Often the bold, and variants of it, are more of a straw-man to avoid making painful changes than a real threat, but even when they are, the author IS the one driving this thing--if you can't take a particular critique without it stripping all life from the query, either the critique was bad or you need to become a better writer. Neither is a reason to avoid getting critiqued.

cnhull
05-20-2013, 01:30 AM
have you seen that here?



Ish...

It's the subjective nature of a query in general. Some agents pass on great books, best sellers, ect. because they didn't like the query and others love the query and offer representation. And both are perfectly in their rights to do so. I think everyone offering criticism here is doing so in an effort to make the writer's query stronger, but there is no absolute authority and I've never seen a concesus in the forums saying, 'Don't change anything. It's perfect!' (I'm sure it has happened, but I'm not gonna search for it.)

I've seen some queries that I felt were weaker after an author applied the given criticism. But I'm not an agent. Some agents may have agreed with me; others may not...



if you can't take a particular critique without it stripping all life from the query, either the critique was bad or you need to become a better writer. Neither is a reason to avoid getting critiqued.

I couldn't agree more.

Drachen Jager
05-20-2013, 09:17 AM
I think that writers just need to accept that a query letter will not sell your book.

Your book has to sell itself. A spectacular query for a shitty book will get no action, it may not even get any requests or reads, because that shitty book will still shine through.

A great book with a mediocre query will probably do pretty well. Some agent is going to read that query and see the bones underneath.

Do you want a mediocre query? Probably not, but it's a damn sight better than a mediocre book. Focus on writing the best book you can, the rest will fall into place.

Purple Rose
05-20-2013, 04:01 PM
and when I first started out, I made jim my unaware and unasked mentor and thought he was the shit (still do; we both see different things, look for different things, and fix things in different ways), among other folks here.....

Ooooh, poor Jim. I won't torment you quite like that. Promise.


why not start now?

Ya can't learn to play if you don't play.....would you expect to read enough that you were ready, without hands-on dissection and practice as an intern, to become a surgeon? Listen to enough symphonies that you were finally ready to pick up a violin and play in one?

btw, you can find early queries I wrote; an agent wouldn't have even wasted the time to come back and tell me they were awful. They had every beginner mistake and flaw you could hope to find in QLH, wrapped up in about 300 words of which maybe 50 were useful.

But you get better by participating--having your work shredded, accepting that, and critiquing the work of others. There's no shortcut, and I doubt you hit a point where those first few rejections hurt any less. So better to start now than use it as an excuse to do nothing.....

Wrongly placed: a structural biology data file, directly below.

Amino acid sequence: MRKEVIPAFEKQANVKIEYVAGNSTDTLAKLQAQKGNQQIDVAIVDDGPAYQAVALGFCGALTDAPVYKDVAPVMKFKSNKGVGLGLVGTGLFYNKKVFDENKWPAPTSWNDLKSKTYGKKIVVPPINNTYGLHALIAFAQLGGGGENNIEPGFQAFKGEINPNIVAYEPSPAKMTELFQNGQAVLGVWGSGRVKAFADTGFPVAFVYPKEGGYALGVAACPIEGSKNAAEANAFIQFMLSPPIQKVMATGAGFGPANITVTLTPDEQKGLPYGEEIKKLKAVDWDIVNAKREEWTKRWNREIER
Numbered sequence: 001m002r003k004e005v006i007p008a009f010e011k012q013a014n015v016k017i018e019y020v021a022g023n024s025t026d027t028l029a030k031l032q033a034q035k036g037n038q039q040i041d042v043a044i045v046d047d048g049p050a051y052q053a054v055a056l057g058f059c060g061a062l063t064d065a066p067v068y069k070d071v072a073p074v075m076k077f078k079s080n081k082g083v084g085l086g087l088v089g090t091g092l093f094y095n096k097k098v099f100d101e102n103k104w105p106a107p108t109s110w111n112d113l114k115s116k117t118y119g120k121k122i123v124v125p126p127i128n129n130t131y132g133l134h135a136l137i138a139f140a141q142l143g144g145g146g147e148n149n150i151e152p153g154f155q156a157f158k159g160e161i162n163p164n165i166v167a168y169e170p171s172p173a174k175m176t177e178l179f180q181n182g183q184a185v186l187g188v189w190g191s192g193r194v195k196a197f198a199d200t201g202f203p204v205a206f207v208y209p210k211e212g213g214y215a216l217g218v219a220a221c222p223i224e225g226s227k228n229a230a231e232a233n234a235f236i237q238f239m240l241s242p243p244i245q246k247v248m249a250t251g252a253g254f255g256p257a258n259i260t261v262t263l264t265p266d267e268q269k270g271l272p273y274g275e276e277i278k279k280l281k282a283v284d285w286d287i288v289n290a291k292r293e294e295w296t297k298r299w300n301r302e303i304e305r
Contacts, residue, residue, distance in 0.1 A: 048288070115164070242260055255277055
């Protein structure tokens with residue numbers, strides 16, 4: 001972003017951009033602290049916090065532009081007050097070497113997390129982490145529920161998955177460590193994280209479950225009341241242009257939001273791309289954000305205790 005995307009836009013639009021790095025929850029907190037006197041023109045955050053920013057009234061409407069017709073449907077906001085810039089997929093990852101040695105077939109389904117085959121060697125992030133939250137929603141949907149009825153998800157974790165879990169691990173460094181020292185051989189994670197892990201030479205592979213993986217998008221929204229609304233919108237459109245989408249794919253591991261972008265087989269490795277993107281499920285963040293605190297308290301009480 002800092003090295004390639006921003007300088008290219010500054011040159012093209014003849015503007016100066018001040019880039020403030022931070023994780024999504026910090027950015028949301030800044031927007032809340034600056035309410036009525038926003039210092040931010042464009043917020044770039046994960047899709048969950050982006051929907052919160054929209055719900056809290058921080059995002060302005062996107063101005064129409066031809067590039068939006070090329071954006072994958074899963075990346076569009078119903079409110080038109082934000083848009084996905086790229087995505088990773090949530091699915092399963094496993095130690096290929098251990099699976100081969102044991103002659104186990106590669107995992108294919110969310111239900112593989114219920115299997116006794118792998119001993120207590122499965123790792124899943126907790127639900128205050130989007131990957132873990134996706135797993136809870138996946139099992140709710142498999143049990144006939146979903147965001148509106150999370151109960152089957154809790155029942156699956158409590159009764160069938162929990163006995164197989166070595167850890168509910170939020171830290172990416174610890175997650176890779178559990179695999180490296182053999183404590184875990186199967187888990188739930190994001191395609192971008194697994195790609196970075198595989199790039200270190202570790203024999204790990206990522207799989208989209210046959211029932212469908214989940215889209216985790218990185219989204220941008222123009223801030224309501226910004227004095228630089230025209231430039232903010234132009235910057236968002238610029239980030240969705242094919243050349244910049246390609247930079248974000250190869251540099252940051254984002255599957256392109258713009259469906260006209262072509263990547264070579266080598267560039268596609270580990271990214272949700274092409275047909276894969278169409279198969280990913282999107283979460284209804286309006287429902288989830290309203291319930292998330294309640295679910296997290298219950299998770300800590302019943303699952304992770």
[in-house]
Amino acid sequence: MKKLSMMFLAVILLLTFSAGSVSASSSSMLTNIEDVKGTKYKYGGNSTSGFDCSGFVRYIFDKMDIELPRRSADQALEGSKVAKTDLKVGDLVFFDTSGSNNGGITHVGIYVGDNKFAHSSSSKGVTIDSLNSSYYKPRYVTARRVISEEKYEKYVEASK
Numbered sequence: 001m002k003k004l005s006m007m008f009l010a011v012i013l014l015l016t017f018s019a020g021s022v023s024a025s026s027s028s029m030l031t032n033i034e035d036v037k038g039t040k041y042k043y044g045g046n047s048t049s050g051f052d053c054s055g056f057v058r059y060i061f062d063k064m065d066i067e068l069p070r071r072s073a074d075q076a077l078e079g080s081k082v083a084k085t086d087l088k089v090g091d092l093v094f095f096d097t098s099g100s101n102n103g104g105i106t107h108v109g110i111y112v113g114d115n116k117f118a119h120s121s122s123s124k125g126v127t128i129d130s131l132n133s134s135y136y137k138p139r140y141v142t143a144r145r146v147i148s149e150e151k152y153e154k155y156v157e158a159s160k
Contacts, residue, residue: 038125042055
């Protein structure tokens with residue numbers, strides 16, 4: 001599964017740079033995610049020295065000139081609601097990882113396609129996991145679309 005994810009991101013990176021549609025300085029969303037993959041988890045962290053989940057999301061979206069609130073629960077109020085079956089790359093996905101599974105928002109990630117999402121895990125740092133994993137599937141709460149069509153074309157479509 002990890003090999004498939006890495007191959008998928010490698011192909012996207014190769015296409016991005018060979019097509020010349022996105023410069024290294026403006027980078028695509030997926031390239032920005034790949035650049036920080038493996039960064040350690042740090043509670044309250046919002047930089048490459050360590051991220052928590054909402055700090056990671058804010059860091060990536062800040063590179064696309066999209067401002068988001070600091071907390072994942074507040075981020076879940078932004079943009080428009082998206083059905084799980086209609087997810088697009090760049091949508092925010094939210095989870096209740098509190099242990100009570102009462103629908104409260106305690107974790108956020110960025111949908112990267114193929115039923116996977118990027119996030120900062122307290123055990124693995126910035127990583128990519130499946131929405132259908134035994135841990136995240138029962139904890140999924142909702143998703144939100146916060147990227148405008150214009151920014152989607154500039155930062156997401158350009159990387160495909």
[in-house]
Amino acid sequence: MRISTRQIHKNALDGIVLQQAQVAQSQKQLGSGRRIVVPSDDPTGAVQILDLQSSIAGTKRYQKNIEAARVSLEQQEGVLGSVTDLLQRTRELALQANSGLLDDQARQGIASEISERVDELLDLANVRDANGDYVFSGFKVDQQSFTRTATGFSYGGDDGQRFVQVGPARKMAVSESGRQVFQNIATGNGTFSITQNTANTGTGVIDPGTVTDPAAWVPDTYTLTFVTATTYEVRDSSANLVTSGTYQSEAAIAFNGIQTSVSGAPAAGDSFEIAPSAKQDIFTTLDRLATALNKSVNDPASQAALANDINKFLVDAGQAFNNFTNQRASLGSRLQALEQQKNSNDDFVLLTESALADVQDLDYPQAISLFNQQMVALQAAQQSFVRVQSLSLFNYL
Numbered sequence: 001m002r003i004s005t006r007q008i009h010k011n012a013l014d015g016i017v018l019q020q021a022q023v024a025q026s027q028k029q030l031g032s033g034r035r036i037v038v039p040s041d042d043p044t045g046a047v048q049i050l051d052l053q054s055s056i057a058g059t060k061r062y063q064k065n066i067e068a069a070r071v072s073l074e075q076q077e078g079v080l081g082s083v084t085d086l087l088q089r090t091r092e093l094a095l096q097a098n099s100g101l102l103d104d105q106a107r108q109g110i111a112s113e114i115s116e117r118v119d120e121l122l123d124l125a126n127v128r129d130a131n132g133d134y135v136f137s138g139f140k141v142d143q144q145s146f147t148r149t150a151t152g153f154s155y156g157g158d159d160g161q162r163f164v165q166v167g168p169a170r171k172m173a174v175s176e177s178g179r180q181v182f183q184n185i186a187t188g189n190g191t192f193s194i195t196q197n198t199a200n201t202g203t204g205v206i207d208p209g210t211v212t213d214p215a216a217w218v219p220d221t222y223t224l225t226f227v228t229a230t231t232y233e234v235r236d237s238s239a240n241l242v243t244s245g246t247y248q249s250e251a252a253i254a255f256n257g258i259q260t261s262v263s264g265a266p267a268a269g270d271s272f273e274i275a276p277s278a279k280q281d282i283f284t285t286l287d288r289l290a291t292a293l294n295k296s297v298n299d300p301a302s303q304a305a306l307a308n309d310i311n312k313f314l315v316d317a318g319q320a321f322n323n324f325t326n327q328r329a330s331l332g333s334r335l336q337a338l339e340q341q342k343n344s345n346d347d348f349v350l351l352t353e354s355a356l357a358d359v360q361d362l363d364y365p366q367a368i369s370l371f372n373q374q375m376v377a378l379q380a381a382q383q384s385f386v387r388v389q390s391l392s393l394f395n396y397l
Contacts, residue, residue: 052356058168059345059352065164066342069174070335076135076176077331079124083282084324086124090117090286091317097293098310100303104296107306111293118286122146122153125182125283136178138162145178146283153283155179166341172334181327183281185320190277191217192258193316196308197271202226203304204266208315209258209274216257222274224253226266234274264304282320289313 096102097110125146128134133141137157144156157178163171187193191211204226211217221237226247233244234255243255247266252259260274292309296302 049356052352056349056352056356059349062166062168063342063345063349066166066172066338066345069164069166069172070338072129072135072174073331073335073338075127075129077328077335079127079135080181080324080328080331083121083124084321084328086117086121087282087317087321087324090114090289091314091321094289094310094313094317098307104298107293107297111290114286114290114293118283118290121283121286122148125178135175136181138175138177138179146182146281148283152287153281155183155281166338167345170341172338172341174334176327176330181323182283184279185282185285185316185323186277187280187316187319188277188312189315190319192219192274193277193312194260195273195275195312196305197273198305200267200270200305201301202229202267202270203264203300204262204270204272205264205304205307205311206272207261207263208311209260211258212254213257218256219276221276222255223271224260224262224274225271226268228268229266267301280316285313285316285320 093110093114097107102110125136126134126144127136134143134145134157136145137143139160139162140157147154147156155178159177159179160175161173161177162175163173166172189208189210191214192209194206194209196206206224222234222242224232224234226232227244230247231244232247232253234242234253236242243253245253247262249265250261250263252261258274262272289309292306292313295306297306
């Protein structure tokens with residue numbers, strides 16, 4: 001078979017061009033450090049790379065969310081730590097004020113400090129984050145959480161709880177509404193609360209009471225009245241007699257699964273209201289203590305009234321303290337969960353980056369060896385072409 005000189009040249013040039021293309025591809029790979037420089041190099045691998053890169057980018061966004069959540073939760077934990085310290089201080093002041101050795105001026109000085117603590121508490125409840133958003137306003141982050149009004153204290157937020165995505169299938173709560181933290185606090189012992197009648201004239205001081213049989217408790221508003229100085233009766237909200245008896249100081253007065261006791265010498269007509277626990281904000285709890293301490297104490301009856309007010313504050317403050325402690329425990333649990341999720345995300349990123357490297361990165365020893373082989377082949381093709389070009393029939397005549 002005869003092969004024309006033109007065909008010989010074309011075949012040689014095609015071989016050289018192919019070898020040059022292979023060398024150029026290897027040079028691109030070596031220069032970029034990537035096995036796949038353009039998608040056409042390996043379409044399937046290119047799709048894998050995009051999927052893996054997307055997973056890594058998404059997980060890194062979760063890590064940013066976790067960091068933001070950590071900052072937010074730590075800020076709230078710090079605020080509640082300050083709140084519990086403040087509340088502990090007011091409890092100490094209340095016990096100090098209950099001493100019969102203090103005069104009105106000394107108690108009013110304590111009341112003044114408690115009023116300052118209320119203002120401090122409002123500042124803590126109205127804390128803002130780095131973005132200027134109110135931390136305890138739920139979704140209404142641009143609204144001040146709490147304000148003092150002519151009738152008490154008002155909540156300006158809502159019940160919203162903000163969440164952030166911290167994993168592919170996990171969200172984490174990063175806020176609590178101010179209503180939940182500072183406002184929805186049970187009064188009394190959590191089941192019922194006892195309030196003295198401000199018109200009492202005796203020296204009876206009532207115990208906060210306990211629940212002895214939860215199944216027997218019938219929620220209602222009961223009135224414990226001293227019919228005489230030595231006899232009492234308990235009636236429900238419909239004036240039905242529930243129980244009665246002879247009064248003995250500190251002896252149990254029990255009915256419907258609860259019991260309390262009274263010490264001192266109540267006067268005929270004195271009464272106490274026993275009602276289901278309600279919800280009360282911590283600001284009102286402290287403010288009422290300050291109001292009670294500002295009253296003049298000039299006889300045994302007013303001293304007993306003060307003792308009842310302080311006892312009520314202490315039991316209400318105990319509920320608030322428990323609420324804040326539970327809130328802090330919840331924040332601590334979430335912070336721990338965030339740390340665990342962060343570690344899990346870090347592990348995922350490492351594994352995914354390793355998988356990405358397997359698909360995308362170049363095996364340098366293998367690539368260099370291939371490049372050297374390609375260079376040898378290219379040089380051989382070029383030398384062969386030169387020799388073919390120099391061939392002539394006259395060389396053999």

Absolutely right! I decided to take my chances and unexpectedly (and happily) got my query posted on another query forum. I'll be focussing on that for now. With that kind of practice, I'll be here for my next query for yet another book.

I'll be waiting for your crits on that one, for sure, quicklime. :D

kkbe
05-20-2013, 05:02 PM
I should be writing my book. :)
I think that writers just need to accept that a query letter will not sell your book.

That's what a query letter is supposed to do, though. Anyway, write a great query, it might sell your novel for a minute.

Your book has to sell itself. A spectacular query for a shitty book will get no action, it may not even get any requests or reads, because that shitty book will still shine through.

True, your book has to sell itself but first you need to get that agent to read the thing. Hence, the query. And you can write an awesome ql and dazzle an agent and get requests for pages. . .

Then, your book will either sell itself or sink into the muck.

A great book with a mediocre query will probably do pretty well. Some agent is going to read that query and see the bones underneath.

Don't think so, not unless that agent has super dooper xray vision or something. How can you see something that isn't there? More importantly, why write a mediocre query? There are a million mediocre queries out there. You do not want to be in that company.

Do you want a mediocre query? Probably not, but it's a damn sight better than a mediocre book. Focus on writing the best book you can, the rest will fall into place.

Not necessarily. Your book can be cat's ass but if your query sucks, chances are, an agent will never know. Do yourself a favor, write that book, make it shine, then do the same with your query letter. You want an agent to read your stuff, right? Then you have to entice that agent. The way to do that is to draft one hell of a query letter, then cross your fingers. The alternative is you write a crap ql, in which case you can stick your head between your legs and kiss your ass goodbye.

Axordil
05-20-2013, 05:09 PM
I really, really wish any number of query-improving resources like QLH, or Query Shark, or <your fave here> had been around back in 2002, when I tried to sell the first novel I wrote. Or if they were around, that I'd known of them. So much wasted postage...

Mutive
05-20-2013, 05:11 PM
I felt too inadequate to crit and too scared to post my query. Also, I came to believe that I would probably never land an agent because my queries would never be good enough due to that elusive hook.



We all suck at critting when we start out, just like we suck at anything. The only way you get better is by doing it.

Even if all you can say is, "This hook is awesome!" you're at least interacting with it in a way that's a bit stronger than it is when you just read the query. (And after seeing a few dozen of these, you at least know what works.)

And if you can, dig deeper. Try to figure out why something doesn't make sense, or why it's seeming boring, trite, or cliche.

It's a steep learning curve. But the nice part about steep is that you're learning fast.

Lady Ice
05-31-2013, 02:39 PM
Critting is so helpful for your own writing because it gives you a clearer sense of what might be wrong with your own work. Normally the problems you identify in others' work are problems that you have once had.